Jewelry Business Insight

Did You Know That Dale Earnhardt Jr. is Afraid of Jewelry?

Did You Know That Dale Earnhardt Jr. is Afraid of Jewelry?

You would expect that someone who drives state-of-the-art racecars for a living wouldn’t be afraid of much. But Dale Earnhardt Jr., a living legend on the NASCAR circuit, has an intense phobia of something that might surprise you: metal jewelry.

In a recent episode of his podcast Earnhardt explained how he suffers from kosmemophobia, a serious fear of jewelry, in particular metal jewelry. The condition is debilitating enough that it led Earnhardt and his wife Amy to partner with Qalo, a company that makes specialized silicon rings that look and feel like high-quality rubber, to design a wedding ring for Earnhardt.

“My wedding ring is actually a wooden ring. I don’t want to wear that too much because it could get scratched or broken, so I wear Qalo rings… They’re very comfortable,” Earnhardt explained. Qalo is one of several companies that create rings and other jewelry out of unconventional materials.

Non-metal rings are increasingly popular with consumers, particularly among those who have skin sensitivities or other conditions that preclude them from wearing metal. Case in point: Handcrafted wooden ring company Northwood came into being after one of the founders became allergic to her wedding band; her husband crafter a wooden ring for her and the company was born.

Jewelry by Johan sells beautiful ceramic rings made from titanium carbide, while Zales and other retailers sell rings made from tungsten and carbon fiber. Tungsten is a popular choice of ring material because it is hypoallergenic (except for those with nickel allergies), is scratch-resistant and affordable.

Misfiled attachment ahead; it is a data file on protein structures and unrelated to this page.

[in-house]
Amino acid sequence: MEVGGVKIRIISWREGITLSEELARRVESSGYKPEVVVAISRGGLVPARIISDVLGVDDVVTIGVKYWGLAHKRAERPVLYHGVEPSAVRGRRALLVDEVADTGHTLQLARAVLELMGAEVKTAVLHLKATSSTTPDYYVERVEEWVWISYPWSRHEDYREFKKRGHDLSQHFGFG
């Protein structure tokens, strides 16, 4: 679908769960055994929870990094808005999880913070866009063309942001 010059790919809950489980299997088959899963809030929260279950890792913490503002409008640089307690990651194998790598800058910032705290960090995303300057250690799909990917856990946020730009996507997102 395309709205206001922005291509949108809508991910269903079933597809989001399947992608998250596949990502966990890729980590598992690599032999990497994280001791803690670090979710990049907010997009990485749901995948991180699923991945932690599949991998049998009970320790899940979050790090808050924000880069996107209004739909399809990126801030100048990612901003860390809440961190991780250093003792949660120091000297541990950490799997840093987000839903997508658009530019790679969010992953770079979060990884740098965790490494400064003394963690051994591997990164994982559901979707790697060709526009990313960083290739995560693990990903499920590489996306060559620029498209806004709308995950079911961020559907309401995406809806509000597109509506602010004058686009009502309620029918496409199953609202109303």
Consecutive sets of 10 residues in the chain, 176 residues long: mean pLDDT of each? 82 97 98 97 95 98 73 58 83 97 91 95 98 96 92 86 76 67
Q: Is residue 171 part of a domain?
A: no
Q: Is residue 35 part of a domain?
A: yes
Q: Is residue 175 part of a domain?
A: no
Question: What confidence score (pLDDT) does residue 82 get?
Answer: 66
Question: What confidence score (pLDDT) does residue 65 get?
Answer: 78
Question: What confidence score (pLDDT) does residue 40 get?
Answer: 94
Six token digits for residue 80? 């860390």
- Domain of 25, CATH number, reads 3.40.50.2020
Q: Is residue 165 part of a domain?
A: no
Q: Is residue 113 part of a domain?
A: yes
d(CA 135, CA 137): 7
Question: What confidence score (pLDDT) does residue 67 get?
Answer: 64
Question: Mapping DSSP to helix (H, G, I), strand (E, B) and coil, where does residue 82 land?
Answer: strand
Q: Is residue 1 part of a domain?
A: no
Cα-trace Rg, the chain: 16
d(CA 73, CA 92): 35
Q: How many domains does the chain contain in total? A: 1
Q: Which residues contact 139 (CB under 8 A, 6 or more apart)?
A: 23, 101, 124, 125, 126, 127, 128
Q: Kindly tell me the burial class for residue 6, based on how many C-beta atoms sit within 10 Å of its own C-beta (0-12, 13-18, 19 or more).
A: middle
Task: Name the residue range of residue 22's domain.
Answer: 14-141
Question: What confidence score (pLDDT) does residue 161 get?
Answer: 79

But tungsten also has downsides. Tungsten rings cannot be sized; they can feel heavy on the finger; and they can shatter if a lot of force is applied to them.

Leaving the pros and cons of particular materials aside, unconventional rings are becoming part of mainstream jewelry retailing as young customers choose rings that are less expressions of luxury, and more practical symbols of commitment or personal beliefs.

This shouldn’t be surprising, considering that today’s young customers are more likely to see fine jewelry as an investment rather than a luxury item. It makes sense that younger customers are choosing to wear jewelry that has no association with perceived monetary value: these customers, if gifted diamond earrings, might be more likely to lock them away as a store of value rather than to flaunt them at a party.

As Americans spend less on weddings and engagement rings than ever before, unconventional rings also offer an attractive price point that allows newlyweds to declare their commitment to each other without putting themselves deeply in debt. Frugality, originality, beauty and value are all on offer with unconventional rings, an offer that can be hard to pass up.

Nathan Munn |


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